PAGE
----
The following observations are made from the perspective of solid radioactive waste disposal. They are provided by Graham Smith and Karen Smith, BIOPROTA Technical Secretariat, an international collaborative forum designed to support resolution of key issues in biosphere aspects of assessments of the long-term impact of contaminant releases associated with radioactive waste management, see www.bioprota.org
The observations do not represent the opinions of member organisations of BIOPROTA, nor do they represent a consensus developed by them. They are made by the Technical Secretariat, taking into account a range of technical work produced without and beyond BIOPROTA activities.
In relation to solid radioactive waste disposal and protection of humans, ICRP 81 recognises the additional uncertainties in assessment of exposures arising in the very long term. Thus, ICRP 101 recommends generally, assessment of exposures of adults children and infants, but in relation to solid waste disposal and possible releases from repositories in the far future, consideration only of adults was suggested (ICRP 81). The curret document could usefully recognise that there can be additional uncertainties concerning the ecosystems and their make up at a particular site in the far future, as has already been noted in the draft update of ICRP 81.
2. Data gaps
The ICRP may like to note that consideration has been given to protection of the environment and releases from solid waste disposal facilities, both in terms of data quality and compliance with protection objectives in the following references which have received wide input and review from the international community.
3. The stated protection objective is prevention or reduction of “the frequency of deleterious radiation effects to a level where they would have a negligible impact on the maintenance of biological diversity, the conservation of species, or the health and status of natural habitats, communities and ecosystems”.
The objective of negligible impact appears to offer a higher level of protection than that provided by the system of protection humans. For humans, by comparison, the level of protection afforded is high, but dose limits and constraints are not set at the level of negligible risk. This difference may appear to introduce bias towards protection of the environment in the proposed environmental protection system.
4. The DCRLs are defined as, ‘A band of dose rate within which there is likely to be some chance of deleterious effects of ionising radiation occurring to individuals of that type of reference animal or plant.”.
There appears to be a substantial disconnect between the stated protection objective (protection at the, species, diversity, habitat and system level) and the quantity used to indicate compliance with that objective (which is individual protection based). For practical purposes this may be necessary at this stage. It may be useful to recognise this, and to indicate that further work is needed to provide more definitive indicators at the eco-system level, to more directly address the protection objectives and explain the relationship between likely to be some chance of deleterious effects at the individual level, and negligible impact on the maintenance of biological diversity, etc.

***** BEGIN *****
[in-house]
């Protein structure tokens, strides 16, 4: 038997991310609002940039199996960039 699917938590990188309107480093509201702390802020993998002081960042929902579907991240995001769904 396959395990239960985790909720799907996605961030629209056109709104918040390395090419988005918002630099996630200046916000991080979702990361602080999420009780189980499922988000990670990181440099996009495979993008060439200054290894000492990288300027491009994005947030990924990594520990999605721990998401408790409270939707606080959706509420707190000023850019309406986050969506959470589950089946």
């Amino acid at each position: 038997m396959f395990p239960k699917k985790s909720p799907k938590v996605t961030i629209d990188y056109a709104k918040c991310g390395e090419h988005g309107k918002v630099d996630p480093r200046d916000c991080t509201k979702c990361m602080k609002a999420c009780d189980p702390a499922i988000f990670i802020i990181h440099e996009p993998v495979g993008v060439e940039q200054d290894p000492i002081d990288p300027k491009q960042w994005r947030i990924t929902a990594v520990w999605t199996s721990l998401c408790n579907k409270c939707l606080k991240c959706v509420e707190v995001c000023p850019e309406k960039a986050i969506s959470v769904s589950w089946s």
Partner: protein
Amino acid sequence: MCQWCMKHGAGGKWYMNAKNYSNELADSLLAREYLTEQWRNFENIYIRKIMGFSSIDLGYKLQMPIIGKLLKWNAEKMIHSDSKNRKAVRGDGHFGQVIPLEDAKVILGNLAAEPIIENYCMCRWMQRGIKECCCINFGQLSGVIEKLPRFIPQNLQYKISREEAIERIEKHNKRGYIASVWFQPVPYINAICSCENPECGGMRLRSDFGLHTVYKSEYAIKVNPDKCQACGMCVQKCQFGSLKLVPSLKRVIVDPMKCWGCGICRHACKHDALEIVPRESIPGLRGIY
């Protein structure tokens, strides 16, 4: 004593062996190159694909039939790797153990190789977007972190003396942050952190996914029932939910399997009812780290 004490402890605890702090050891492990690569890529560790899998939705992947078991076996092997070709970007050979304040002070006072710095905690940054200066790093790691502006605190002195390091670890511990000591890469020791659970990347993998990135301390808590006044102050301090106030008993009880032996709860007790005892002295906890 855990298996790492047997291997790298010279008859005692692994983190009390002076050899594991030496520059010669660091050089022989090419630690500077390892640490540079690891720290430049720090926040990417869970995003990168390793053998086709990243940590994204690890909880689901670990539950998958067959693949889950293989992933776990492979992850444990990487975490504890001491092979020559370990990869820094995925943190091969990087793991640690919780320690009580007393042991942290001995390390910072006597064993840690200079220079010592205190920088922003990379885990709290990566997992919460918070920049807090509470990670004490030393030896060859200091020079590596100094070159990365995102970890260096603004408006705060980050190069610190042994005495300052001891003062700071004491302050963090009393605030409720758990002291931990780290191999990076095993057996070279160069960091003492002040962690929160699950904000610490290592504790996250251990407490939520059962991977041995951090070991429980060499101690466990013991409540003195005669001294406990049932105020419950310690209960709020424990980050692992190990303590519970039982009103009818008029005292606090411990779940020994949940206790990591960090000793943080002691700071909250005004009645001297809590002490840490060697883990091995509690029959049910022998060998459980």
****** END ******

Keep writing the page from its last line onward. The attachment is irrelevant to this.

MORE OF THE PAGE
In addition, it may be useful to provide advice about the spatial and temporal averaging which would be appropriate in determining environmental concentrations of radionuclides used in assessing the dose rates for comparison with DCRLs. In particular, if protection is intended at the system (etc.) level, then advice on the how to do the concentration calculation relevant to the impact on a population of individual biota corresponding to the protection of the system would be helpful.
5. The Commission recommends at line 671 that “DCRLs be used under all circumstances where there is an environmental exposure of significance from any major nuclear facility in order to assist, further inform, and to guide efforts to optimize protection of the environment.”
The DCRLs are an indicator of significance of exposures, or at least a point of reference for them, so to use them in the case where the exposure is significant is circular. In the case of planning future releases etc., the exposure is not yet extant. It may therefore be useful to say ‘where there is cause for concern over potential environmental exposure of significance’.
6. The document is clear that the DCRLs should not be considered or used as limits as indicated at line 935, “These bands, 935 or DCRLs, have therefore been identified as being rates of dose within which, if experienced or expected, one should stop and consider further what best to do”. Continuing, the Commission, line 939, “believes that, given the present state of knowledge, and of ignorance, it would be prudent to use the DCRLs in the way indicated in this document for different exposure situations.”
The emphasis on ignorance (see also the reference to lack of data at line 834) appears both inappropriate and wrong given the extensive background of research carried out, both historically and in recent years. It might be appropriate to indicate the need for further work (as indicated above in relation to system level understanding) but not to invite the inference that the basis for the current recommendations is weak. This could to lead to the (unintended and inappropriate) use of the lower end of the DCRL and ERL bands as limits, as being the only possible conclusion to the question, what best to do.